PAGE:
[Ursula] Andress' performance is even more impressive when you consider that she is essentially a puppet; her voice was dubbed over by Nikki van der Zyl, which I only knew by reading - a true testament to the talents of Andress, Zyl, and to the sound crew for lining everything up so well.

It was without any doubt Nikki van der Zyl who not only re-voiced Ursula's vocal performance but also her singing voice.
Peter Hunt speaking to Graham Rye, editor & publisher of the 007 Magazine

Nikki did a very good job.
Ursula Andress, quoted in the James Bond Archives, published by Taschen in 2013

And by the way be careful giving credit to Nikki Van Der Zyl. She's persona non grata in the Bond world these days and for some reason the powers that be want her erased from history.
You Tube

Anyhow, let's talk about Nikki...I didn't realize until recently that she dubbed ALL of those Bond girls: Honey, Sylvia, Jill, Domino, Kissy, Solitaire, and many more. There are memorable characteristics of the early films: John Barry music cues, Ted Moore's cinematography, Peter Hunts editing, the travelogue feel, and then the subtle details like the leather panelled office doors, little touches like that that feel so familiar. Nikki's voice was one of those little familiar touches; one of those wonderful unique pieces of the early Bond films .......
Sir Roger Moore a well loved national treasure writes a foreword to a seemingly innocuous book which he then, without explanation, pulls at the last minute. I think thats a story worthy of discussion but when I raise it I am just met with people wanting to hush it all away or outright hostility as evidenced here.
TheWizardOfIce MI6

Poor Nikki... Seems like the whole world of Bond was turned against her after she contributed so much.
DarioOnatopp MI6

Who knows, maybe a film about Ms Van Der Zyl and EON will be made in the future.
WillyGalore MI6

I'm with you. Nikki van der Zyl deserves a lot of respect for her work on the Bond films. I'll certainly be buying her book ....... It was hardly Nikki van der Zyl's fault that certain people's voices were deemed by Eon to be not up to standard for a Bond movie. Also, why should she not receive credit for her work.
PeterGreenhill MI6

Did none of these women do the interview circuit back in the day? It seems a number of modern Bond gals could do with being dubbed, but of course interviews would let the cat out of the bag. Back in the 60s, it seemed just about everyone was dubbed! The most amazing was Sean Connery, dubbed for the first two films because his real voice was more John Laurie in real life, eventually in GF, after elocution lessons, they let him go with his real voice.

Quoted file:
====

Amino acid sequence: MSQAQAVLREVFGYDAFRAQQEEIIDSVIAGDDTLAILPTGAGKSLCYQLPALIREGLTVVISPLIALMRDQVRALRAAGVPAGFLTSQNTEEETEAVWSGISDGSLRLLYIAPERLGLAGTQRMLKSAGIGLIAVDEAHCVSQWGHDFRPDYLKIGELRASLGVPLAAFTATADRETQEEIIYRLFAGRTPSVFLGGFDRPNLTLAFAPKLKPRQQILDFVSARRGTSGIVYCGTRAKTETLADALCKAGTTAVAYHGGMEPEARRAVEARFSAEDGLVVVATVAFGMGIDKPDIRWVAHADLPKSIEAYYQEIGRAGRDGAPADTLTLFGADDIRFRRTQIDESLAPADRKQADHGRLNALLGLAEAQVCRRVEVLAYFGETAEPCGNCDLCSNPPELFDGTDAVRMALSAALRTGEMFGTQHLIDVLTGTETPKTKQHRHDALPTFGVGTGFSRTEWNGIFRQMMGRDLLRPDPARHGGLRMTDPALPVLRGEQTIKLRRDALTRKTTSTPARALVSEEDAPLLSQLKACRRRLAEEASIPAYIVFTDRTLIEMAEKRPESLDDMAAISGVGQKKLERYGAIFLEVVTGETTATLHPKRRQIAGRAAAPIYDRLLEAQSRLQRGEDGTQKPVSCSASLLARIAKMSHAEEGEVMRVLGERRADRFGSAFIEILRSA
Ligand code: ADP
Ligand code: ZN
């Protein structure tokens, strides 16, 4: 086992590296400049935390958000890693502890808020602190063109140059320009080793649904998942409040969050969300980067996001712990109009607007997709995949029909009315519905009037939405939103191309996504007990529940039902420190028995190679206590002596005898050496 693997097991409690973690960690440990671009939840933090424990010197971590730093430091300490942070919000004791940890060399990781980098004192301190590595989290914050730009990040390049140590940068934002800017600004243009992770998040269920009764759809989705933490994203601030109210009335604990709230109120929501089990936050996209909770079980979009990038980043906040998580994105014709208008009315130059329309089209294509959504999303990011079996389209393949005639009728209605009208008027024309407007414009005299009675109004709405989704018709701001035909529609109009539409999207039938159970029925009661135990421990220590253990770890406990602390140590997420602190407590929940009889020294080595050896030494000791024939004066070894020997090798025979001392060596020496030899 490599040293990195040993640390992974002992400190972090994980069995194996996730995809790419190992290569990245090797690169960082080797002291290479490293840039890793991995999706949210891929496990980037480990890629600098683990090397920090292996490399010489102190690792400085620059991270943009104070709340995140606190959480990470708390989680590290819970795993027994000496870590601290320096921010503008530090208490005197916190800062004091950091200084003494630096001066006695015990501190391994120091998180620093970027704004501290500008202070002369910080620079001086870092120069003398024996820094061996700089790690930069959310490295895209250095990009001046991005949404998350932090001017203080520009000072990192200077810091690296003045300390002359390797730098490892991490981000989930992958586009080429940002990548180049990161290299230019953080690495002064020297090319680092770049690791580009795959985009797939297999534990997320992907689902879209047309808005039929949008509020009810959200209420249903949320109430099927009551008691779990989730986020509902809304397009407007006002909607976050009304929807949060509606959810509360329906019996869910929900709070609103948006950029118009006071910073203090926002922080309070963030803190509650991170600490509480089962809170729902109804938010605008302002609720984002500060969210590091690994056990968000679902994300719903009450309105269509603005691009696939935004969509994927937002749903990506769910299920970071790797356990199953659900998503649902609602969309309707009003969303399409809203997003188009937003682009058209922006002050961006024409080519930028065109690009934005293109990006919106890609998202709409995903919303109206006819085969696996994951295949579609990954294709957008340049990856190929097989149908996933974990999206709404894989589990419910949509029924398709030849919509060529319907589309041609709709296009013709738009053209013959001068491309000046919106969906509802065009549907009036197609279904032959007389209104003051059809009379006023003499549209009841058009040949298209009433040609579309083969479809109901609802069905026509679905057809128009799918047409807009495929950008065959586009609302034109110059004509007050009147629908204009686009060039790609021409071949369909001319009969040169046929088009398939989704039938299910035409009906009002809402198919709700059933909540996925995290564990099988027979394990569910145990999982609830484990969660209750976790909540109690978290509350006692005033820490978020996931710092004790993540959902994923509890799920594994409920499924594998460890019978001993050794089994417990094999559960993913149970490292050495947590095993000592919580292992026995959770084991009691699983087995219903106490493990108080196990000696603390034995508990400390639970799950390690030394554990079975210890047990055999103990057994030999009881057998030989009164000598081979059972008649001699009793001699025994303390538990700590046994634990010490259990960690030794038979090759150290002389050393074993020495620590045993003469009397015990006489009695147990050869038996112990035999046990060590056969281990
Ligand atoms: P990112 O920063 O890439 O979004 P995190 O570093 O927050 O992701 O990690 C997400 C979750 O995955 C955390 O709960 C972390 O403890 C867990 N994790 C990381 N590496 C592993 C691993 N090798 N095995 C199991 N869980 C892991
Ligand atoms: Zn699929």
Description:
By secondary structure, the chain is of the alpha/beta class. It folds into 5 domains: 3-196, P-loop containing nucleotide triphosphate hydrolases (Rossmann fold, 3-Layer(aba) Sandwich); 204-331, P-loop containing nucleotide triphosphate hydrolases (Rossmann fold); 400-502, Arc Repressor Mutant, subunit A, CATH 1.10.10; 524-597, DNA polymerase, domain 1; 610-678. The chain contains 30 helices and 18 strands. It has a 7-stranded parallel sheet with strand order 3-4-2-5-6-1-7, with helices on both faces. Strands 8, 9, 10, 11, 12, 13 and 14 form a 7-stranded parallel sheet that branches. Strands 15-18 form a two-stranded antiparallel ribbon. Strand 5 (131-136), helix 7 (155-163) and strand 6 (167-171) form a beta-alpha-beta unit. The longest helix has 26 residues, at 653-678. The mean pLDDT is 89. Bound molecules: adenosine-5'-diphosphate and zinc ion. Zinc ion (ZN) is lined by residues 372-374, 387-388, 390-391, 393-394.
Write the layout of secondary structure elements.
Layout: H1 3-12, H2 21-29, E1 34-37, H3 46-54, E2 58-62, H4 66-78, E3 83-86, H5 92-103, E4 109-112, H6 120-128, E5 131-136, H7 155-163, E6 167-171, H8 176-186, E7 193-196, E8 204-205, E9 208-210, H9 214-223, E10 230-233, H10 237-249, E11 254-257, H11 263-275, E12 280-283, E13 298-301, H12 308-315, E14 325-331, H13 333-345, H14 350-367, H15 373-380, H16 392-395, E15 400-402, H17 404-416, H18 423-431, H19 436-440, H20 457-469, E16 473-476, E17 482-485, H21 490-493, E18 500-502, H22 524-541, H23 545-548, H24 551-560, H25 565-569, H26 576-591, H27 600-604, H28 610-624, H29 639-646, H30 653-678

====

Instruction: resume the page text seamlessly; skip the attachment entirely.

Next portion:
Napoleon Plural

Ursula Andress stole hearts as Honey Ryder, emerging from the sea in her white bikini in Dr No, but looking great was the limit of her contribution. Her Swiss accent was so strong that every line she delivers had to be dubbed by German actress Nikki van der Zyl.
Yorkshire Evening Post, October 2012

Saltzman and Broccoli offered Andress the role without ever meeting her. That a Swiss woman with the name "Ursula" might speak with an accent obviously never occurred to them, which is why they paid German [born] voice actress Nikki Van der Zyl to rerecord her dialogue... in an accent. Nikki is the voice over artist who infamously dubbed female dialogue in Bond films up to and including Moonraker. This sleight of hand is standard in Hollywood and frankly, Nikki deserves congratulations rather than scorn, not only for securing ongoing employment, but for giving pathos to dialogue like, "Have you ever see a mongoose dance?"
Alpha nerd - Fabio Daddo

An uncredited performer working behind the screen, Van der Zyl was the most constant voice within the filmic Bond universe and its most prolific agent of substitution.
Daniel Baumann's essay, 2013

Lulu's Glaswegian accent [in The Cherry Picker] proved too strong for Southern audiences, whereupon her dialogue was considered "not sexy enough", resulting in her being dubbed using Nikki van der Zyl, who also performed the same service for several Bond girls.
Iver Film Services

Sometimes actors are hired to dub actors who speak the same language but delivered their lines with a foreign accent or poor diction.
Dubbing (filmmaking), Wikipedia

Nikki deserves acknowledgement for her voiceovers from the early years.
Kerim MI6

This is news to me! You would never think all those women (most prominently the Connery era) were voiced over by a singular female. This is absolutely contemptible, I agree gentlemen. This woman is supremely talented for giving each Bond girl their own possessive voice, and has nothing to show for it. It would be different if she was after the money, but all she wants is some recognition for her career of meaty Bond work. EON should be disgraced to let such a thing happen.
0BradyM0Bondfanatic70BradyM0Bondfanatic7 MI6

She deserves to be part of the 50th celebrations as she played a large part in its history.
myworldisenough MI6

My position is that Nikki contributed to EONs success by allowing them to get away with hiring cheap unknowns rather than actresses who could actually speak English so is worthy of recognition. The dubbing and revoicing in the early Bond films is particularly impressive and it seems a shame that some people appear to want to airbrush Nikki and the sound editors who worked with her out of history. It may be an unglamourous part of filmmaking but without it GF would have been an absolute farce and we probably wouldn't have made it to 50 years.